Not to be outdone, CIHR’s success rate for this year’s individual Operating Grants competition is down to 15%.
It might be high time for Statistics Canada to start collecting data and measure the thousands of hours wasted by Canada’s researchers in filling forms and preparing proposals that lead to nowhere.
The good news is that our brothers and sisters in health research have decided that they are not taking it anymore, and nearly 1,800 people have already signed a petition protesting the ridiculously low success rates in the individual CIHR Operating Grants competition. You can see the petition here, where they make some very good (and statistically sound) arguments suggesting that at such low success rate, the peer-review process is not precise enough to accurately award grants based on quality. Indeed, there is much randomness in a process that picks the fundable projects in a pool of proposals deemed equally excellent. Many applications rated “excellent” were not funded, and those that were funded were so by chance. The signatories rightly lament this state of affairs and urge the government to rectify it.
What is interesting is that CIHR’s management issued an official public (and I would say defensive) rebuttal to the claims in the petition stating that the success rate was actually 24%. But the eagle eyes of the health research community are pointing out that to get to that percentage, CIHR staff had to also count the 1 year/100K bridge grants, which they should have at least pro-rated for their shorter (1/3) term.
We don’t need to go far to see what’s behind this sad state of affairs, since just like NSERC, CIHR is suffering from 3 ailments:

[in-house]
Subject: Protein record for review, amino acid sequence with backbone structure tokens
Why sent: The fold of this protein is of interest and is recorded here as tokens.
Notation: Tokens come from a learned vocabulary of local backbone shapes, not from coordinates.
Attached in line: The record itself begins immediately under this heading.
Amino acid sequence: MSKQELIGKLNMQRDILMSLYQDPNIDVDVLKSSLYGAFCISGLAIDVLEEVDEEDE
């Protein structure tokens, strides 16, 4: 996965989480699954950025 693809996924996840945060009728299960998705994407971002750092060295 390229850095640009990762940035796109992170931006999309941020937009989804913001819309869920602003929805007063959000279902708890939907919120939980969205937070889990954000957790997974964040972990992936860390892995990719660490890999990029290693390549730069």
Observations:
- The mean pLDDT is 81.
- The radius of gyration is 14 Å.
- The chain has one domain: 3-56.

1) A significant shift towards targeting research funding according to government directives, or according to what Tri-council bureaucrats think are government directives, or worse, according to what could please whatever section of government they want to please.
Quoting Polanyi again, “It is an abiding mystery why having failed so definitively to pick winners in the marketplace for goods, governments have been empowered to pick winners in the far more subtle marketplace for ideas.”
According to our friend Rob Annan, who alerted us to the story, “the main reason this is happening, is that CIHR is increasingly “hands-on” in its management of research. We stop trusting smart, productive people with good ideas to continue being smart, productive and full of good ideas. In place of individual creativity of our researchers and evaluation by learned peers, research areas and approaches are determined by bureaucrats in a doomed attempt to direct outcomes.”
2) The new focus on research partnerships with the private sector. Again, just like NSERC, one sees that “CIHR intends to focus increasingly on solution-based research that involves collaboration between researchers and users” (CIHR Strategic Plan 2009, p. 24). This de-facto leads to decreasing the funding for basic research and increasing the proportion allocated to manager-dominated “solution-based” research targets decided by committees, consultants, and other rain-makers.
3) Inadequate government funding illustrated by the cuts in the 2009 federal budget, which were not corrected enough by the more positive 2010 budget. For example, the $32-million increase in the 2010 tri-council funding did not erase the $43-million cut of the 2009 budget.
It is therefore extremely important for all of us researchers to make our voices heard, and to draw a line in the sand.